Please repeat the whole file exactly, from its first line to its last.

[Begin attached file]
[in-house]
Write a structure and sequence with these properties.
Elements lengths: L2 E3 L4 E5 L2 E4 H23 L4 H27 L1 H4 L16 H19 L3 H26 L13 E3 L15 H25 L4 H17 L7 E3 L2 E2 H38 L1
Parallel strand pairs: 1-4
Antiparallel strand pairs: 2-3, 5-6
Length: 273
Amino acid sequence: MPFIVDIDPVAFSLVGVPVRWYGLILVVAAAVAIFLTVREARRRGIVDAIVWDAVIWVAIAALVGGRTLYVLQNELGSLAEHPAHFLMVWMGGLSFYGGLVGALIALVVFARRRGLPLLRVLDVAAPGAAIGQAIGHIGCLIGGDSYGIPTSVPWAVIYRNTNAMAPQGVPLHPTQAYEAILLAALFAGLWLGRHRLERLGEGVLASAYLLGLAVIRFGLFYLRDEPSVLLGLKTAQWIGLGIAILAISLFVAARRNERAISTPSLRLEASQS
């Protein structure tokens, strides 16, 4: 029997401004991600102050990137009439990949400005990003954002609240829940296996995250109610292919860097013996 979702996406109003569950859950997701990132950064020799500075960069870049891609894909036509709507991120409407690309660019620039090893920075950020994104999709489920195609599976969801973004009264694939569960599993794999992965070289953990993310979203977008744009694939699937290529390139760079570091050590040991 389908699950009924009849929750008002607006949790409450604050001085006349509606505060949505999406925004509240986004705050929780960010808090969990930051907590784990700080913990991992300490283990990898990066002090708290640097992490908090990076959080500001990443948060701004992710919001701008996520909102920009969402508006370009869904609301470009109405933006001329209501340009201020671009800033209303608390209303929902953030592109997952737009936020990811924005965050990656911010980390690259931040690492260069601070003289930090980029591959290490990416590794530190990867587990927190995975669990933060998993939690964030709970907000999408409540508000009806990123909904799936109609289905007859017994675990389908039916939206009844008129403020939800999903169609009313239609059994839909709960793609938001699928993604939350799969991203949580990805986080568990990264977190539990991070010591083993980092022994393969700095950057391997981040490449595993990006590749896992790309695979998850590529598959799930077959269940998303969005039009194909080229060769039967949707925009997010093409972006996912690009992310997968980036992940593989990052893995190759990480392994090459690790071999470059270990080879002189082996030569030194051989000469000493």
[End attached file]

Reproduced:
[in-house]
Write a structure and sequence with these properties.
Elements lengths: L2 E3 L4 E5 L2 E4 H23 L4 H27 L1 H4 L16 H19 L3 H26 L13 E3 L15 H25 L4 H17 L7 E3 L2 E2 H38 L1
Parallel strand pairs: 1-4
Antiparallel strand pairs: 2-3, 5-6
Length: 273
Amino acid sequence: MPFIVDIDPVAFSLVGVPVRWYGLILVVAAAVAIFLTVREARRRGIVDAIVWDAVIWVAIAALVGGRTLYVLQNELGSLAEHPAHFLMVWMGGLSFYGGLVGALIALVVFARRRGLPLLRVLDVAAPGAAIGQAIGHIGCLIGGDSYGIPTSVPWAVIYRNTNAMAPQGVPLHPTQAYEAILLAALFAGLWLGRHRLERLGEGVLASAYLLGLAVIRFGLFYLRDEPSVLLGLKTAQWIGLGIAILAISLFVAARRNERAISTPSLRLEASQS
């Protein structure tokens, strides 16, 4: 029997401004991600102050990137009439990949400005990003954002609240829940296996995250109610292919860097013996 979702996406109003569950859950997701990132950064020799500075960069870049891609894909036509709507991120409407690309660019620039090893920075950020994104999709489920195609599976969801973004009264694939569960599993794999992965070289953990993310979203977008744009694939699937290529390139760079570091050590040991 389908699950009924009849929750008002607006949790409450604050001085006349509606505060949505999406925004509240986004705050929780960010808090969990930051907590784990700080913990991992300490283990990898990066002090708290640097992490908090990076959080500001990443948060701004992710919001701008996520909102920009969402508006370009869904609301470009109405933006001329209501340009201020671009800033209303608390209303929902953030592109997952737009936020990811924005965050990656911010980390690259931040690492260069601070003289930090980029591959290490990416590794530190990867587990927190995975669990933060998993939690964030709970907000999408409540508000009806990123909904799936109609289905007859017994675990389908039916939206009844008129403020939800999903169609009313239609059994839909709960793609938001699928993604939350799969991203949580990805986080568990990264977190539990991070010591083993980092022994393969700095950057391997981040490449595993990006590749896992790309695979998850590529598959799930077959269940998303969005039009194909080229060769039967949707925009997010093409972006996912690009992310997968980036992940593989990052893995190759990480392994090459690790071999470059270990080879002189082996030569030194051989000469000493």